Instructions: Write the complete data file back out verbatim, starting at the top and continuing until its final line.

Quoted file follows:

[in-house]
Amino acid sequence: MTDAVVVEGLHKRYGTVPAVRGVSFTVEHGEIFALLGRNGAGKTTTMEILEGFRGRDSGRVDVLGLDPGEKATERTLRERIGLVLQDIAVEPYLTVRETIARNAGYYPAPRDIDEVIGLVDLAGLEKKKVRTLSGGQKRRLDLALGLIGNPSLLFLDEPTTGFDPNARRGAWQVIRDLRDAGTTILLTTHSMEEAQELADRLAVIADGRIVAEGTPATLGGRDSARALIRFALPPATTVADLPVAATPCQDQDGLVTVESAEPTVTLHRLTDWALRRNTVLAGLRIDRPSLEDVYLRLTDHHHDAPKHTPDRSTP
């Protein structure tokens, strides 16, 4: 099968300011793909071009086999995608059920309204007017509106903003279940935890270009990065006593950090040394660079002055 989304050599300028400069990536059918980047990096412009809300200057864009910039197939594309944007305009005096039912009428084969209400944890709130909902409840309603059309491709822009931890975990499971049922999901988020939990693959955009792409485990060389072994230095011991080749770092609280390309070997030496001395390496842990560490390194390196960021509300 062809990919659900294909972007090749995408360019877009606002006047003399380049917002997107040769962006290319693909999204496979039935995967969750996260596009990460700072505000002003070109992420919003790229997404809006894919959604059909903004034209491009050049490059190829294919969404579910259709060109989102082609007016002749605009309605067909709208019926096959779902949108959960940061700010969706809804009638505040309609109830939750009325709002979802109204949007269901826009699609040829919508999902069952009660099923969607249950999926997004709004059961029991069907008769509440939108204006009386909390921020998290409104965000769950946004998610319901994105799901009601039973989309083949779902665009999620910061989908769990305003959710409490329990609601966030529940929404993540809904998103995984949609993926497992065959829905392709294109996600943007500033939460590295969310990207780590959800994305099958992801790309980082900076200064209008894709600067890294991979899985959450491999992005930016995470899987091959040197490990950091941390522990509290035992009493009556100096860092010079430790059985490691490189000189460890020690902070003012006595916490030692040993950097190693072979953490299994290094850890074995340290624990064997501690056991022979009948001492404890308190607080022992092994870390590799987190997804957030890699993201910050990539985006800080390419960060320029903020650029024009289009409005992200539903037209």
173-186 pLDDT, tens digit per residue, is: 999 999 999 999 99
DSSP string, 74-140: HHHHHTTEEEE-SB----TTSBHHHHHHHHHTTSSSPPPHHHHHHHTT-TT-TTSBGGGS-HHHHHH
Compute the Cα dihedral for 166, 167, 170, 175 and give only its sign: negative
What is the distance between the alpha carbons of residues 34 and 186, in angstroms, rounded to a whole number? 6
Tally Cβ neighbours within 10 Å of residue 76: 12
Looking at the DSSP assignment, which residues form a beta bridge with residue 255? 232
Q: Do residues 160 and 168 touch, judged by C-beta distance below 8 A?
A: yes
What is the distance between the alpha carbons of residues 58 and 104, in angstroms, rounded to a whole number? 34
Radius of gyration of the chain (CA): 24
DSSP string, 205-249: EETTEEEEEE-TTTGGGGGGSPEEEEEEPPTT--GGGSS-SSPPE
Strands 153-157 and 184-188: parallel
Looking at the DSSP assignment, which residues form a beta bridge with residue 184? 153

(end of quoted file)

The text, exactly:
[in-house]
Amino acid sequence: MTDAVVVEGLHKRYGTVPAVRGVSFTVEHGEIFALLGRNGAGKTTTMEILEGFRGRDSGRVDVLGLDPGEKATERTLRERIGLVLQDIAVEPYLTVRETIARNAGYYPAPRDIDEVIGLVDLAGLEKKKVRTLSGGQKRRLDLALGLIGNPSLLFLDEPTTGFDPNARRGAWQVIRDLRDAGTTILLTTHSMEEAQELADRLAVIADGRIVAEGTPATLGGRDSARALIRFALPPATTVADLPVAATPCQDQDGLVTVESAEPTVTLHRLTDWALRRNTVLAGLRIDRPSLEDVYLRLTDHHHDAPKHTPDRSTP
């Protein structure tokens, strides 16, 4: 099968300011793909071009086999995608059920309204007017509106903003279940935890270009990065006593950090040394660079002055 989304050599300028400069990536059918980047990096412009809300200057864009910039197939594309944007305009005096039912009428084969209400944890709130909902409840309603059309491709822009931890975990499971049922999901988020939990693959955009792409485990060389072994230095011991080749770092609280390309070997030496001395390496842990560490390194390196960021509300 062809990919659900294909972007090749995408360019877009606002006047003399380049917002997107040769962006290319693909999204496979039935995967969750996260596009990460700072505000002003070109992420919003790229997404809006894919959604059909903004034209491009050049490059190829294919969404579910259709060109989102082609007016002749605009309605067909709208019926096959779902949108959960940061700010969706809804009638505040309609109830939750009325709002979802109204949007269901826009699609040829919508999902069952009660099923969607249950999926997004709004059961029991069907008769509440939108204006009386909390921020998290409104965000769950946004998610319901994105799901009601039973989309083949779902665009999620910061989908769990305003959710409490329990609601966030529940929404993540809904998103995984949609993926497992065959829905392709294109996600943007500033939460590295969310990207780590959800994305099958992801790309980082900076200064209008894709600067890294991979899985959450491999992005930016995470899987091959040197490990950091941390522990509290035992009493009556100096860092010079430790059985490691490189000189460890020690902070003012006595916490030692040993950097190693072979953490299994290094850890074995340290624990064997501690056991022979009948001492404890308190607080022992092994870390590799987190997804957030890699993201910050990539985006800080390419960060320029903020650029024009289009409005992200539903037209």
173-186 pLDDT, tens digit per residue, is: 999 999 999 999 99
DSSP string, 74-140: HHHHHTTEEEE-SB----TTSBHHHHHHHHHTTSSSPPPHHHHHHHTT-TT-TTSBGGGS-HHHHHH
Compute the Cα dihedral for 166, 167, 170, 175 and give only its sign: negative
What is the distance between the alpha carbons of residues 34 and 186, in angstroms, rounded to a whole number? 6
Tally Cβ neighbours within 10 Å of residue 76: 12
Looking at the DSSP assignment, which residues form a beta bridge with residue 255? 232
Q: Do residues 160 and 168 touch, judged by C-beta distance below 8 A?
A: yes
What is the distance between the alpha carbons of residues 58 and 104, in angstroms, rounded to a whole number? 34
Radius of gyration of the chain (CA): 24
DSSP string, 205-249: EETTEEEEEE-TTTGGGGGGSPEEEEEEPPTT--GGGSS-SSPPE
Strands 153-157 and 184-188: parallel
Looking at the DSSP assignment, which residues form a beta bridge with residue 184? 153